Our first stop, after dropping our bags at the Arosfa, was the National Portrait Gallery. Attached to the National Gallery off of Trafalgar Square, the Portrait Gallery is a massive collection of portraits (mostly) from the history of Britain. In it are such famous pieces as the original Shakespeare, the Arnolfini (Wedding) Portrait, Queen Elizabeth I, and many others. A few hours would be enough to get you all the way through the museum, but it is so full of priceless works of art that you could easily spend a day there.
Outside of the gallery we saw something that we had not noticed on previous trips: a bronze cast of the very same statue that stands on the steps of the State House in Columbia, SC! It was like meeting an old friend.
We took lunch right across the street in the cafe in the vaults of St. Martin-in-the-Fields church. It was definitely an interesting setting, but the food was inexpensive and delicious! I had a big bowl of warm soup – in my view one of England’s best culinary successes is their excellent soup.
The next day we visited the British Museum after breakfast, and marveled at the beautiful Elgin Marbles, and the ancient Greek, Persian, and Egyptian ruins. It, like the National Gallery and National Portrait Gallery, had free admission! They have a five pound suggested donation, but it hands-down beats the expensive Parisian museum prices! (Rule Britannia!)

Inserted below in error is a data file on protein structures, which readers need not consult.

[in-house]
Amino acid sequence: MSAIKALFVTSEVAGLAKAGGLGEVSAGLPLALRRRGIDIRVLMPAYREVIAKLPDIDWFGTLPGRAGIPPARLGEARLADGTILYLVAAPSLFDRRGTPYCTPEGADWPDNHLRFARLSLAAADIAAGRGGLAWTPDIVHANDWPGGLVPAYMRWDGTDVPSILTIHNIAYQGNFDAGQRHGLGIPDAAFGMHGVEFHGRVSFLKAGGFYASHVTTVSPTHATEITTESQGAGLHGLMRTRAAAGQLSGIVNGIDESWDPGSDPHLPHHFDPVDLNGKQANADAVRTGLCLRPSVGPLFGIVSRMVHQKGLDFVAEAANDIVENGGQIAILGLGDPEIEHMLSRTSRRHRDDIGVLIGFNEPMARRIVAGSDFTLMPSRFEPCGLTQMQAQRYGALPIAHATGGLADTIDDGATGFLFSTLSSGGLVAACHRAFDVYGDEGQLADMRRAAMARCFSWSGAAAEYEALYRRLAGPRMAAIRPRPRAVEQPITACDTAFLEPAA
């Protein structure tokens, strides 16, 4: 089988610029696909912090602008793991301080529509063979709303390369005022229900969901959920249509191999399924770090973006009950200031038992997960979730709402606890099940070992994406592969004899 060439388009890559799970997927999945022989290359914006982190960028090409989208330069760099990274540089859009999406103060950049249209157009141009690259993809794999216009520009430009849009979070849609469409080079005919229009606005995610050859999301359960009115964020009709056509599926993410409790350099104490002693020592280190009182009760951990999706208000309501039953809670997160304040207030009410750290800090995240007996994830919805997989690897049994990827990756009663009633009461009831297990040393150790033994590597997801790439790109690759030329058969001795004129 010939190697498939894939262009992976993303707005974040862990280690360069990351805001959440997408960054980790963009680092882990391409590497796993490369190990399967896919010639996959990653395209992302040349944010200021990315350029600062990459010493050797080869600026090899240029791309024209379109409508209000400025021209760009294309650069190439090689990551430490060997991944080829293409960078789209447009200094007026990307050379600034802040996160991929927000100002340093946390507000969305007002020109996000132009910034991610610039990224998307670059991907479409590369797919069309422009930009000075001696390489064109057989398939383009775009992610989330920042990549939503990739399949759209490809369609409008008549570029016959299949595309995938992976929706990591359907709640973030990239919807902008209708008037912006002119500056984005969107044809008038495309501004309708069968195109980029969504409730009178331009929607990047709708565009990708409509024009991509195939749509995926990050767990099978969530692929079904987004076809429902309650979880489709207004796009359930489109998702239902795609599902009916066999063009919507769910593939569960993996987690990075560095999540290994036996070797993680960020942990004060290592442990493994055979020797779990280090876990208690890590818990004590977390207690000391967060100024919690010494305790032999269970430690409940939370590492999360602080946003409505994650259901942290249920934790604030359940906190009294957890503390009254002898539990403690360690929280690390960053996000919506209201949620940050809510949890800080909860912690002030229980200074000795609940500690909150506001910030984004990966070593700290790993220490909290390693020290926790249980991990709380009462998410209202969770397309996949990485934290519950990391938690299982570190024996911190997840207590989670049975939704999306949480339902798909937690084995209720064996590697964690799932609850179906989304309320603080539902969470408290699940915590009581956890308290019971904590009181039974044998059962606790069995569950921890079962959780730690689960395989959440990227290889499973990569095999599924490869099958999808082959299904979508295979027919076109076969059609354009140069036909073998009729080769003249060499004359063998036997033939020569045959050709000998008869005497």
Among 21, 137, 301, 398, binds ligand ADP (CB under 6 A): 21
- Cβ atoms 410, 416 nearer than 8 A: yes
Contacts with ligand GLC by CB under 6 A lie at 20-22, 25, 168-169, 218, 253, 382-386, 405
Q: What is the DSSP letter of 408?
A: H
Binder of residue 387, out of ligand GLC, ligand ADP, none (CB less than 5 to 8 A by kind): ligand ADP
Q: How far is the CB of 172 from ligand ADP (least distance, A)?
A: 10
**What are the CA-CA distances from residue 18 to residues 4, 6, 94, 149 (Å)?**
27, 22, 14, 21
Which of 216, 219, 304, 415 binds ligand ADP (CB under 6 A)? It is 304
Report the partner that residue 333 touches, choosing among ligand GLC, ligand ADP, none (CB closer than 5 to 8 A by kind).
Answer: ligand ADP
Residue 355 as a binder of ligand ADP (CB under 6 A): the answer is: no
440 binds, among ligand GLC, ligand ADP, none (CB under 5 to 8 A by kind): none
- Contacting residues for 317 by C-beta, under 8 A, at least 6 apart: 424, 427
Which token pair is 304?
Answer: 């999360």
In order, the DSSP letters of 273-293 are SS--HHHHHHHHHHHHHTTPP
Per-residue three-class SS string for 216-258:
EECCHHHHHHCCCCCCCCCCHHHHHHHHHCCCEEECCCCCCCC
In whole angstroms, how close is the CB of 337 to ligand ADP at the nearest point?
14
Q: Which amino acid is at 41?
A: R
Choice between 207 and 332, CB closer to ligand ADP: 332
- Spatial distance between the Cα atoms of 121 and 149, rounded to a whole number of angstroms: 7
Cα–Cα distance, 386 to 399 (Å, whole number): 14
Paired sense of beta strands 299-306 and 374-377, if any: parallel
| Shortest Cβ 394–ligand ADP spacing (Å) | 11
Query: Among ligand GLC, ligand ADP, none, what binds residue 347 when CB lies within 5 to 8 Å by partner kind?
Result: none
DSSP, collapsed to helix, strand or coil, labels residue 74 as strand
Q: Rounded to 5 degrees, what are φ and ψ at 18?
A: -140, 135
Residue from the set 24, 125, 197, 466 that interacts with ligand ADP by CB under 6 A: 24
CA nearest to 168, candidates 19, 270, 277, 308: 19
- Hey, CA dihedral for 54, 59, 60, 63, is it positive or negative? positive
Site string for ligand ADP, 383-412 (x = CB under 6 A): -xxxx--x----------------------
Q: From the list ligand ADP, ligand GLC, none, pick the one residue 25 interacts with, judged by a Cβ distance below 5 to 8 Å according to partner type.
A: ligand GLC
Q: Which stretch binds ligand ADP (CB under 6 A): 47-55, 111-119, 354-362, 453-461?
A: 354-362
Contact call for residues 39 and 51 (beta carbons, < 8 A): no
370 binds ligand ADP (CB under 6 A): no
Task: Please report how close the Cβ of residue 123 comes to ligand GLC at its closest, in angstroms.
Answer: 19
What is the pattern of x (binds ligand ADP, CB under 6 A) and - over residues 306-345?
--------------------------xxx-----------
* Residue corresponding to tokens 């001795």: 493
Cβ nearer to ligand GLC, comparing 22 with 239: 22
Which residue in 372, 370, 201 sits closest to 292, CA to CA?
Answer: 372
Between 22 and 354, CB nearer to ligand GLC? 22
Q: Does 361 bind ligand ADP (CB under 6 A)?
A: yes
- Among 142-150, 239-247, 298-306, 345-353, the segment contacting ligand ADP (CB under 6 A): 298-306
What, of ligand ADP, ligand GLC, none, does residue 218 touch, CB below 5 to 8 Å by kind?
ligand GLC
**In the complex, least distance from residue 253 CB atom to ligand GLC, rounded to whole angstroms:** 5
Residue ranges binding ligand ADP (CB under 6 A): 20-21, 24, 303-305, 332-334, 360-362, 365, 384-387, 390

My favorite display was the Sutton Hoo ship burial – one of the most important early medieval excavations. I find it amazing to view the physical artifacts that have been illustrations in so many of my history books.
We were able to do a fair amount of walking about London during our 36-hour tour of London, and it was delightful to stumble unexpectedly on places we had heard of in books or seen in movies, like the London Horse Guards Parade Grounds.
All in all, though short, our time spent in London was lovely. It is a large, and somewhat spread-out city, so planning ahead of time is essential. The nice thing is, there are wonderful spots in almost every area of the city! So wherever you are, you’re bound to be near some amazing artifact of national and historical importance.
Just avoid Camden Town… but that’s a story for another day. 😉
The last week has been just about as rainy as rainy can be here in ole Deutschland, but the week before was sublimely beautiful, so I guess I can’t complain too much.